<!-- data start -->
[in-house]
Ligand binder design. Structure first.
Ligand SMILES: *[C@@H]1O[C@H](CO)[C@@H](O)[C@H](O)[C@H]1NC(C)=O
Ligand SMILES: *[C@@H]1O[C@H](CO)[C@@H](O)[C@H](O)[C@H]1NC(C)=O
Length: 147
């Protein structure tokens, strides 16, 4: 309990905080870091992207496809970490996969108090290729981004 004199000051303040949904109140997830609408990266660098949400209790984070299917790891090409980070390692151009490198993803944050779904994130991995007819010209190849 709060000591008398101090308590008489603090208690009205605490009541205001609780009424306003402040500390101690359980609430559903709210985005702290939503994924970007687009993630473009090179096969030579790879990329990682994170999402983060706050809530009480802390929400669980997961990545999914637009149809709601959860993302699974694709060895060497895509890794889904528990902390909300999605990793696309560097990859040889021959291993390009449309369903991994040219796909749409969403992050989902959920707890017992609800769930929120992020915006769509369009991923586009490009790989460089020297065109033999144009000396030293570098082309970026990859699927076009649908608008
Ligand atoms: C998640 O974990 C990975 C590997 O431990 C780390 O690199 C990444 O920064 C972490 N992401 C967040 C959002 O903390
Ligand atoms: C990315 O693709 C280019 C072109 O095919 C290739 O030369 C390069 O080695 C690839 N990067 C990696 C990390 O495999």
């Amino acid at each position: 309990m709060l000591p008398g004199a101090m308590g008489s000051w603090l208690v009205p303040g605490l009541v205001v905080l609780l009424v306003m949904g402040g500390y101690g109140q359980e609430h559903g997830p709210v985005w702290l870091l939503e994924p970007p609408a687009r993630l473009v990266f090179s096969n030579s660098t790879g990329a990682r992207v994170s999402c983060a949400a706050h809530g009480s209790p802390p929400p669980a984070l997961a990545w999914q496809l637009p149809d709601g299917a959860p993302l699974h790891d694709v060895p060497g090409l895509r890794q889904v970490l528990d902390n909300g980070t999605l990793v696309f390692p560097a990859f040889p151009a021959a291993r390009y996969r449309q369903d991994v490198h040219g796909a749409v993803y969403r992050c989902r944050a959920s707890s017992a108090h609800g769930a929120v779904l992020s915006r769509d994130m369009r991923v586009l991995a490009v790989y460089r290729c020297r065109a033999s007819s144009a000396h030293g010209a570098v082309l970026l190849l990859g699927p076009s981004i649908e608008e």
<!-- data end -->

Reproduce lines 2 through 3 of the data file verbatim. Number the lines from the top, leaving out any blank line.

Ligand binder design. Structure first.
Ligand SMILES: *[C@@H]1O[C@H](CO)[C@@H](O)[C@H](O)[C@H]1NC(C)=O